BICKHAM: My lawyer says to me, Bickham, you stayed in 37 years. What you going to be when you get out? I said just a plain old Bickham, up and down the streets. I got out in January the 10, 1996. I never will forget that day. It's the happiest day of my life. Oh, it was one Wednesday morning. It was kind of amazing. And the warden, when we walked to the front gate, he said to me, Bickham, what you thinking about? I said I'm thinking about them seven times y'all gave me a death sentence at 12:01. I said now, tonight, at 12:01, I'm signing myself out. He shook my hand and said have good luck. I said that's all I can have.

And I walked out, kneeled to the ground, picked up some of that dirt, kissed it, put it back there. And here I am today. My being locked up was a wonderful experience and a blessing to me. And people said what? How could it be a blessing? Well, I like fast cars and if I'd have been out, I'd likely wrap one around a telegram post or a bridge or something and been dead. You know, God shaped me, put me in the prison and took care of me. Out now, and anybody driving over the speed limit, I don't want to ride with him. Being free is being able to make your own decisions. You have to bear your own burdens that comes out of your own decisions.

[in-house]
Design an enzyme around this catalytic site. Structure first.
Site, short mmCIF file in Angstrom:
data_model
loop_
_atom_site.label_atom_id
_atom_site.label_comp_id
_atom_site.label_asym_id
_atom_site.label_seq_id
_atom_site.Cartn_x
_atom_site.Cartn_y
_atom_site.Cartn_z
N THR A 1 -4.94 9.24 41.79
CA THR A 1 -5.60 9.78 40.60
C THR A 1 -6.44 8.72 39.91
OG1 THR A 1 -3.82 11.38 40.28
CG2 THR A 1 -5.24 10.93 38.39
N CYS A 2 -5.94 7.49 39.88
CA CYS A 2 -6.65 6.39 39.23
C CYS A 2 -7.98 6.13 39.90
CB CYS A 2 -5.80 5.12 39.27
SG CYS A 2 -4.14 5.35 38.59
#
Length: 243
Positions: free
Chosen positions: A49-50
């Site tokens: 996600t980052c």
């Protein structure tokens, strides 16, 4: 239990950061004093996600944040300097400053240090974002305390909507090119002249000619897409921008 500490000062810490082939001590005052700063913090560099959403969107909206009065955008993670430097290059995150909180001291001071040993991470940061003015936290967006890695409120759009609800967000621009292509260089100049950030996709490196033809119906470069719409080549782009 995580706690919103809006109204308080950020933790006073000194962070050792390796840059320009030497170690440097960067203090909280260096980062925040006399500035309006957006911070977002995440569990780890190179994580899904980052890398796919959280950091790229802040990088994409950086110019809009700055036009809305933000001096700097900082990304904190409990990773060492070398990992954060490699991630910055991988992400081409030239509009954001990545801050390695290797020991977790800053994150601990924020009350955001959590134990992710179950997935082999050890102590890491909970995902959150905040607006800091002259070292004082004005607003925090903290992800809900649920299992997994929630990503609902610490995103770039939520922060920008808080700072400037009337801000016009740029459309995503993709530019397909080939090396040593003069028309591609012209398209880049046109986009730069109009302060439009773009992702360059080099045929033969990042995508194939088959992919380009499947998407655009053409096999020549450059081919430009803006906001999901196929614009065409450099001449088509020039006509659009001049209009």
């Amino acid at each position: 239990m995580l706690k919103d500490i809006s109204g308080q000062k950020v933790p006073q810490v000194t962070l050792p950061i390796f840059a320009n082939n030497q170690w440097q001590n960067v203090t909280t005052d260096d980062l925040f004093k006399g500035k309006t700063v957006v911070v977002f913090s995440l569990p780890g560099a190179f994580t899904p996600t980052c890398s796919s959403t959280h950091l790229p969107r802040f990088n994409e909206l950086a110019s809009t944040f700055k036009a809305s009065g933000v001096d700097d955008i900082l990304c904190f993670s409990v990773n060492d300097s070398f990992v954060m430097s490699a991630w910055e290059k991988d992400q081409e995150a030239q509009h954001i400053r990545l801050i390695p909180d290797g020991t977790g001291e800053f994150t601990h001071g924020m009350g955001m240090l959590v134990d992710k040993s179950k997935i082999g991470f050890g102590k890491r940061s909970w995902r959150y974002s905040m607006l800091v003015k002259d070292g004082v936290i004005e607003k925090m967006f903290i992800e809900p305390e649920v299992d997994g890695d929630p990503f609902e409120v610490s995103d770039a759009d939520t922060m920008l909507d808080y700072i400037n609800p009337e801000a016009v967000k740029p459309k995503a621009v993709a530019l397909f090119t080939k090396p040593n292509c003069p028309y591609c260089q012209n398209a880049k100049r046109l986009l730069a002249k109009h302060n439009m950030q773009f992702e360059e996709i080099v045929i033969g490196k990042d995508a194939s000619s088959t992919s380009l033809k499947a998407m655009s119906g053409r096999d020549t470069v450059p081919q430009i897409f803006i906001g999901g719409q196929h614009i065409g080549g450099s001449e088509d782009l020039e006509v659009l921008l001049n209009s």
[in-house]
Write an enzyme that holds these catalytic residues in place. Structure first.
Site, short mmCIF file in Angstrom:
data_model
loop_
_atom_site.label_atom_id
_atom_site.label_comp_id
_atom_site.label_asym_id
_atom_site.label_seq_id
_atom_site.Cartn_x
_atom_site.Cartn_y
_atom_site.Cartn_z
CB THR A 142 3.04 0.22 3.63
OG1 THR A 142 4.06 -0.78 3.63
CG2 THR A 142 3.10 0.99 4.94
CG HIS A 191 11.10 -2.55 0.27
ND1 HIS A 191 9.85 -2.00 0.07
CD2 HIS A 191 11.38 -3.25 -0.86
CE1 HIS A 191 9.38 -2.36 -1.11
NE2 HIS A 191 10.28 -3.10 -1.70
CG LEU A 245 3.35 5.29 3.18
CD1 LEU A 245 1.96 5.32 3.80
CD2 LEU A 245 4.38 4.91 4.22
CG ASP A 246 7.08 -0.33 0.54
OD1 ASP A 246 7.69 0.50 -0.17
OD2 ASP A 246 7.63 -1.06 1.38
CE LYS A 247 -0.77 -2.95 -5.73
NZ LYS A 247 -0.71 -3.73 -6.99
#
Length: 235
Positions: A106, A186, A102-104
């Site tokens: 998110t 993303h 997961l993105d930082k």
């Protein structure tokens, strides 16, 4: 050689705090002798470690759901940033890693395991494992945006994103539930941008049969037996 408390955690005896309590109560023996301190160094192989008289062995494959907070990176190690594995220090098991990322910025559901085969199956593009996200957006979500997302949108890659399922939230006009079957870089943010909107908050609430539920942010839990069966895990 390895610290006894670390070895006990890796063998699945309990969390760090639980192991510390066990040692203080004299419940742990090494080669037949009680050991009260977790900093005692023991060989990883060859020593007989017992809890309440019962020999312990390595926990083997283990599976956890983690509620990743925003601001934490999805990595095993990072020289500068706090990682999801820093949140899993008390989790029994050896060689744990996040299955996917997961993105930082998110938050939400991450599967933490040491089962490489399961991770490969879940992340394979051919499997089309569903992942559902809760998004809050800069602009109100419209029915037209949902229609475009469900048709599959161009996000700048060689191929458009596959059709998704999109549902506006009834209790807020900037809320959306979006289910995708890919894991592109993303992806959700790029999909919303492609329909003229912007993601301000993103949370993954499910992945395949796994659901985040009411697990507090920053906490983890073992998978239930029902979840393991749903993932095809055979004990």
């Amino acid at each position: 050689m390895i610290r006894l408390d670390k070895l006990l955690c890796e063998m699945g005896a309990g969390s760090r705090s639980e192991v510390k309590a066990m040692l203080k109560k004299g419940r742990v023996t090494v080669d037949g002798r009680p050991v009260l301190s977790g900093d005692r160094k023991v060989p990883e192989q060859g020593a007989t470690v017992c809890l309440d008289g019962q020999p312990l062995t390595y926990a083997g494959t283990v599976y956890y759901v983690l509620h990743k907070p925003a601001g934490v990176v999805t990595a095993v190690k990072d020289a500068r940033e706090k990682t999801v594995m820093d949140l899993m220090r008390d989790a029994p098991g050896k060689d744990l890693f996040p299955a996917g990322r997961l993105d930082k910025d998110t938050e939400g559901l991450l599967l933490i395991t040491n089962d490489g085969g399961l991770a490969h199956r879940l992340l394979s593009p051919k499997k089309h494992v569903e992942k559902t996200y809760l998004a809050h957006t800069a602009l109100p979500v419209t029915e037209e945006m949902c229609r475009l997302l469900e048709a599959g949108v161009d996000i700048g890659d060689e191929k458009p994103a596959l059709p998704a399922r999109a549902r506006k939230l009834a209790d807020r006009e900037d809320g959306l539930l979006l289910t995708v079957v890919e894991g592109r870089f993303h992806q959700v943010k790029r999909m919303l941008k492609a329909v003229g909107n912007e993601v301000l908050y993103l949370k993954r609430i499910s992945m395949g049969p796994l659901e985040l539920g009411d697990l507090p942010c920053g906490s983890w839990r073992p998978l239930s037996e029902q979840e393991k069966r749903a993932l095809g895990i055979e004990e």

HAYES: Now Maurice is 95 and his dignity and his joy for life - to find me and to come out and go to a rock 'n roll show late at night and show up - he's just living so much more fully than so many people who are 20, even, with no anger. And even though he's been through something none of us could imagine. He showed up to the show in a limousine with his friend and they were both dressed full on, to the nines. Came in - got to meet him and talk to him for a while. He was mystified at where I heard the story and he wondered if I'd, maybe, spent time in prison with him. I played the song, you know, right away. I wanted to introduce it. It was a strange story to try to tell in an audience full of people. People are understanding this in a much bigger way.